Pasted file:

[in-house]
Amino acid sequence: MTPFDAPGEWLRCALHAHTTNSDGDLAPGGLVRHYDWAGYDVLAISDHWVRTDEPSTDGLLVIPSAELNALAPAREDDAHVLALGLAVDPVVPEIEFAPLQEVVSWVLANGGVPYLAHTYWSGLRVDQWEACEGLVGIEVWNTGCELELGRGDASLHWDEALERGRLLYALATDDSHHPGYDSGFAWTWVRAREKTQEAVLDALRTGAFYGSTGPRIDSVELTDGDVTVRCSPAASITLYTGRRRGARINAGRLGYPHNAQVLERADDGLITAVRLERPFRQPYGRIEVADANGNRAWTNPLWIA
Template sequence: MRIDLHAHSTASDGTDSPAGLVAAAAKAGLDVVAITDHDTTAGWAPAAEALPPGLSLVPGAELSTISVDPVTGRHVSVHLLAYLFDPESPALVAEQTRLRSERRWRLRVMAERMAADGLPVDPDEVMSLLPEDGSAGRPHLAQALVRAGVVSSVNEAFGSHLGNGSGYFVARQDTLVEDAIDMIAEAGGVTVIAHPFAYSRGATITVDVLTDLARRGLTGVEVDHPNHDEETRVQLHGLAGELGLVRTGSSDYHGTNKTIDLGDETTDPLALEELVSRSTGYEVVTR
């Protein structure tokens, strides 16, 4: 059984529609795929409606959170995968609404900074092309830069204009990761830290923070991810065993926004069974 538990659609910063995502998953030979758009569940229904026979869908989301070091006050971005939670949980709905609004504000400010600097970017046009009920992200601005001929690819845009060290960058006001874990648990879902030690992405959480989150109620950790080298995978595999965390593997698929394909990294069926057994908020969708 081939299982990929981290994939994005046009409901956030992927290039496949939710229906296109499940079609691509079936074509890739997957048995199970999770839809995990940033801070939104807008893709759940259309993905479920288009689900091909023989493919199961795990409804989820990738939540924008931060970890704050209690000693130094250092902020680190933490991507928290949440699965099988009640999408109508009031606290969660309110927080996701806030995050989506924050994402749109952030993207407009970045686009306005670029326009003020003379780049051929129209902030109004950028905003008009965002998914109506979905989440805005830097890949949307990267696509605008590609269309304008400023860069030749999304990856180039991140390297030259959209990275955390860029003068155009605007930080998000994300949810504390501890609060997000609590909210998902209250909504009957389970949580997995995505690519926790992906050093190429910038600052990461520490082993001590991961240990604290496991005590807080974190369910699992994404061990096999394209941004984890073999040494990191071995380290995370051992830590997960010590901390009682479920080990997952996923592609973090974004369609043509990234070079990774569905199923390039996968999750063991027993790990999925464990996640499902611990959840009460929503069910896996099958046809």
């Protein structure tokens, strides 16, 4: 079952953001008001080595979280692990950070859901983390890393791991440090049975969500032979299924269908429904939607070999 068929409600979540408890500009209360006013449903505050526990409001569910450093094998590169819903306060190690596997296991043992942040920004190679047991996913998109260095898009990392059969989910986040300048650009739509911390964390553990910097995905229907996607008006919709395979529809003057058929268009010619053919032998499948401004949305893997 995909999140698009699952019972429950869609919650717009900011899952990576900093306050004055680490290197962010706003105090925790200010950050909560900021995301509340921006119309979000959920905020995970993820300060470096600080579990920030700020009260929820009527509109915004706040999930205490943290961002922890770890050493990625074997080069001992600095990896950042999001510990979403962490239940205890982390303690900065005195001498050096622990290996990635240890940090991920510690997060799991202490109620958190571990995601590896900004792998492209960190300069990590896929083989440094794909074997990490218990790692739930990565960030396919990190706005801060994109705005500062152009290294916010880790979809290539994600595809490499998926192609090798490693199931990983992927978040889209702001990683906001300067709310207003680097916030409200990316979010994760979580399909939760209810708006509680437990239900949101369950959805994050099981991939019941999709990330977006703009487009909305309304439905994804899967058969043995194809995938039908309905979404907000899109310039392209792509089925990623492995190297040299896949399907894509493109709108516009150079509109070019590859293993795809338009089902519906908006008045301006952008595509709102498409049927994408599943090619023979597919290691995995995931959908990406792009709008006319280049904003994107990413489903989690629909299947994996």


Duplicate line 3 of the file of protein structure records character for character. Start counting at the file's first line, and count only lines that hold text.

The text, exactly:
Template sequence: MRIDLHAHSTASDGTDSPAGLVAAAAKAGLDVVAITDHDTTAGWAPAAEALPPGLSLVPGAELSTISVDPVTGRHVSVHLLAYLFDPESPALVAEQTRLRSERRWRLRVMAERMAADGLPVDPDEVMSLLPEDGSAGRPHLAQALVRAGVVSSVNEAFGSHLGNGSGYFVARQDTLVEDAIDMIAEAGGVTVIAHPFAYSRGATITVDVLTDLARRGLTGVEVDHPNHDEETRVQLHGLAGELGLVRTGSSDYHGTNKTIDLGDETTDPLALEELVSRSTGYEVVTR